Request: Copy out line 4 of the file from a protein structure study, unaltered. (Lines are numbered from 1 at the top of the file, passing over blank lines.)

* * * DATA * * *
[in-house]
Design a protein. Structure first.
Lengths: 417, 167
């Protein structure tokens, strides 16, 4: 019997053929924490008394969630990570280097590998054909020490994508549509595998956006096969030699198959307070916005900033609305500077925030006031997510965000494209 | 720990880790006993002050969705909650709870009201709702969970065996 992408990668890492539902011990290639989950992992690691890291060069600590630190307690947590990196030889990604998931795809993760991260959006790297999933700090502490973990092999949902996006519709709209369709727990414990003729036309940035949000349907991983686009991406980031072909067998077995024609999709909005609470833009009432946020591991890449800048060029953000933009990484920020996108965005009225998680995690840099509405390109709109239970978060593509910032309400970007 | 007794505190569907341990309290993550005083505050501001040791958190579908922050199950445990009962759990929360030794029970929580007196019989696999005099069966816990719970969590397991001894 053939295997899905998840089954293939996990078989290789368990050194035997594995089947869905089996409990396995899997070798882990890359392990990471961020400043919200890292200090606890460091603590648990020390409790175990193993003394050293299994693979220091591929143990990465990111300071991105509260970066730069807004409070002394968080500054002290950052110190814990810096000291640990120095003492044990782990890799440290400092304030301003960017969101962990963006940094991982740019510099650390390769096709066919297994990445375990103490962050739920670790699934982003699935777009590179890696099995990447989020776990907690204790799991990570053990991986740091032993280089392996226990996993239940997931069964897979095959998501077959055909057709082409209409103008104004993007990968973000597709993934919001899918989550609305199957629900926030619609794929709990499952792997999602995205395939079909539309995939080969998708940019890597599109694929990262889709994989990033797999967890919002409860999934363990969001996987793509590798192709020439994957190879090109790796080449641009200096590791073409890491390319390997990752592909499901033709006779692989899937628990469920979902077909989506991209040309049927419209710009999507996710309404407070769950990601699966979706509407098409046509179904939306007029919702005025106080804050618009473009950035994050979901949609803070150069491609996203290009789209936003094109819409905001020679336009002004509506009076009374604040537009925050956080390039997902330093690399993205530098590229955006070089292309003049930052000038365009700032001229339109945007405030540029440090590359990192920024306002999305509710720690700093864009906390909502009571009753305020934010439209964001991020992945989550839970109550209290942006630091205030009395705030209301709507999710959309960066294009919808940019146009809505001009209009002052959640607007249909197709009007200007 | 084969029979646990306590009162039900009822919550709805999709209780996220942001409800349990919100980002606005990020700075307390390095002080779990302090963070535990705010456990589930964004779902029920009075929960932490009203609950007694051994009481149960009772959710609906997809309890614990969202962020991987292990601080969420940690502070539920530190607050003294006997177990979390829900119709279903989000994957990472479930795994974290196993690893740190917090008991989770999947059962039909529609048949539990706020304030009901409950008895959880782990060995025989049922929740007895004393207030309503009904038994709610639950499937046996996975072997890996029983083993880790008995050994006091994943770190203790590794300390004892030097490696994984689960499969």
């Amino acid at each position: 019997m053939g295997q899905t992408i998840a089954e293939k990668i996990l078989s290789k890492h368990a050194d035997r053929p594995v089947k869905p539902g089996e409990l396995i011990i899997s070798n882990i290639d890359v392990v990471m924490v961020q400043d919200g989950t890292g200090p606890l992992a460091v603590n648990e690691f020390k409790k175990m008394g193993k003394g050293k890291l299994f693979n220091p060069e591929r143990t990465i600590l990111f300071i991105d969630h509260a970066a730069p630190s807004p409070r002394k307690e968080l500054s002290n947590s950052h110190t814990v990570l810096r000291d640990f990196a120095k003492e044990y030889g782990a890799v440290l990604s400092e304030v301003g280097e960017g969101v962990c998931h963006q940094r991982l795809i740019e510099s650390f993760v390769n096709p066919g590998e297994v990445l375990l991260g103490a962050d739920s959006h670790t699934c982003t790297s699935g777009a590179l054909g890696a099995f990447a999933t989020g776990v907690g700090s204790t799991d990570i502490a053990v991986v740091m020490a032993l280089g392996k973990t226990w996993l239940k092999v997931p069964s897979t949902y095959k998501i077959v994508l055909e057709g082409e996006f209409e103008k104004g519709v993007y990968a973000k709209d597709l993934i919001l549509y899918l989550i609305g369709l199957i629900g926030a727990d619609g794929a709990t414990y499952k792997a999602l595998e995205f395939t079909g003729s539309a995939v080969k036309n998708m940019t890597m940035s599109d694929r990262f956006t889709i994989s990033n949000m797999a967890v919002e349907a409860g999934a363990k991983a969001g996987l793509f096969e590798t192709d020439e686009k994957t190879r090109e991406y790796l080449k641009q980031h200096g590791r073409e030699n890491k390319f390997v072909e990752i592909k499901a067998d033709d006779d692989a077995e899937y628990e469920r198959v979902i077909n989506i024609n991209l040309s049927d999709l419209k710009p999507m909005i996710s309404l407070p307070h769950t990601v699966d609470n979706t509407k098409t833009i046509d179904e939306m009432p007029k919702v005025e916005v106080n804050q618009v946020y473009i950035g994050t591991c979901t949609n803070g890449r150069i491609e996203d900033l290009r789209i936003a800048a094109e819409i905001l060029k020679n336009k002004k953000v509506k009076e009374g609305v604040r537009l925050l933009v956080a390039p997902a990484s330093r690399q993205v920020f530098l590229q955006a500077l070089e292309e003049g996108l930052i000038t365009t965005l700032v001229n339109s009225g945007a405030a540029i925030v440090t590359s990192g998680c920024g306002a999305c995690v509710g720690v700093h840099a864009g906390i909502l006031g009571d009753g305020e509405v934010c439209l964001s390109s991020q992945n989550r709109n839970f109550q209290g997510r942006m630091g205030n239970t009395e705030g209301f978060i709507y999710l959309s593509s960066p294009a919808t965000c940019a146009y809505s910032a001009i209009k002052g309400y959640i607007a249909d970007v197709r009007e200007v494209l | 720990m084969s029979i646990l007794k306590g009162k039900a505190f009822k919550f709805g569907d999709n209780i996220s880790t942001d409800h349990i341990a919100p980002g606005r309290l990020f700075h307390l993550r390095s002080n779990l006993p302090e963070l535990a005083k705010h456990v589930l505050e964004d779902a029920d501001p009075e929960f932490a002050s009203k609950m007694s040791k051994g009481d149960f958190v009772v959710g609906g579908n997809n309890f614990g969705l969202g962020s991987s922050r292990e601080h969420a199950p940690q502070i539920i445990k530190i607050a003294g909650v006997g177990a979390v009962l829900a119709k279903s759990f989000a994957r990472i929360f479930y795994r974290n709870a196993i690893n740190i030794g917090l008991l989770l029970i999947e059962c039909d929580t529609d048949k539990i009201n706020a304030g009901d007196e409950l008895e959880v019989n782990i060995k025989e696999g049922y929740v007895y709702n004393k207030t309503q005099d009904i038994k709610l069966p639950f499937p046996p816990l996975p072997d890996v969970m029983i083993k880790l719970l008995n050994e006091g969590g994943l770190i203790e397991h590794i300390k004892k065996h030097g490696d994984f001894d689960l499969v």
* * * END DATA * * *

């Protein structure tokens, strides 16, 4: 019997053929924490008394969630990570280097590998054909020490994508549509595998956006096969030699198959307070916005900033609305500077925030006031997510965000494209 | 720990880790006993002050969705909650709870009201709702969970065996 992408990668890492539902011990290639989950992992690691890291060069600590630190307690947590990196030889990604998931795809993760991260959006790297999933700090502490973990092999949902996006519709709209369709727990414990003729036309940035949000349907991983686009991406980031072909067998077995024609999709909005609470833009009432946020591991890449800048060029953000933009990484920020996108965005009225998680995690840099509405390109709109239970978060593509910032309400970007 | 007794505190569907341990309290993550005083505050501001040791958190579908922050199950445990009962759990929360030794029970929580007196019989696999005099069966816990719970969590397991001894 053939295997899905998840089954293939996990078989290789368990050194035997594995089947869905089996409990396995899997070798882990890359392990990471961020400043919200890292200090606890460091603590648990020390409790175990193993003394050293299994693979220091591929143990990465990111300071991105509260970066730069807004409070002394968080500054002290950052110190814990810096000291640990120095003492044990782990890799440290400092304030301003960017969101962990963006940094991982740019510099650390390769096709066919297994990445375990103490962050739920670790699934982003699935777009590179890696099995990447989020776990907690204790799991990570053990991986740091032993280089392996226990996993239940997931069964897979095959998501077959055909057709082409209409103008104004993007990968973000597709993934919001899918989550609305199957629900926030619609794929709990499952792997999602995205395939079909539309995939080969998708940019890597599109694929990262889709994989990033797999967890919002409860999934363990969001996987793509590798192709020439994957190879090109790796080449641009200096590791073409890491390319390997990752592909499901033709006779692989899937628990469920979902077909989506991209040309049927419209710009999507996710309404407070769950990601699966979706509407098409046509179904939306007029919702005025106080804050618009473009950035994050979901949609803070150069491609996203290009789209936003094109819409905001020679336009002004509506009076009374604040537009925050956080390039997902330093690399993205530098590229955006070089292309003049930052000038365009700032001229339109945007405030540029440090590359990192920024306002999305509710720690700093864009906390909502009571009753305020934010439209964001991020992945989550839970109550209290942006630091205030009395705030209301709507999710959309960066294009919808940019146009809505001009209009002052959640607007249909197709009007200007 | 084969029979646990306590009162039900009822919550709805999709209780996220942001409800349990919100980002606005990020700075307390390095002080779990302090963070535990705010456990589930964004779902029920009075929960932490009203609950007694051994009481149960009772959710609906997809309890614990969202962020991987292990601080969420940690502070539920530190607050003294006997177990979390829900119709279903989000994957990472479930795994974290196993690893740190917090008991989770999947059962039909529609048949539990706020304030009901409950008895959880782990060995025989049922929740007895004393207030309503009904038994709610639950499937046996996975072997890996029983083993880790008995050994006091994943770190203790590794300390004892030097490696994984689960499969």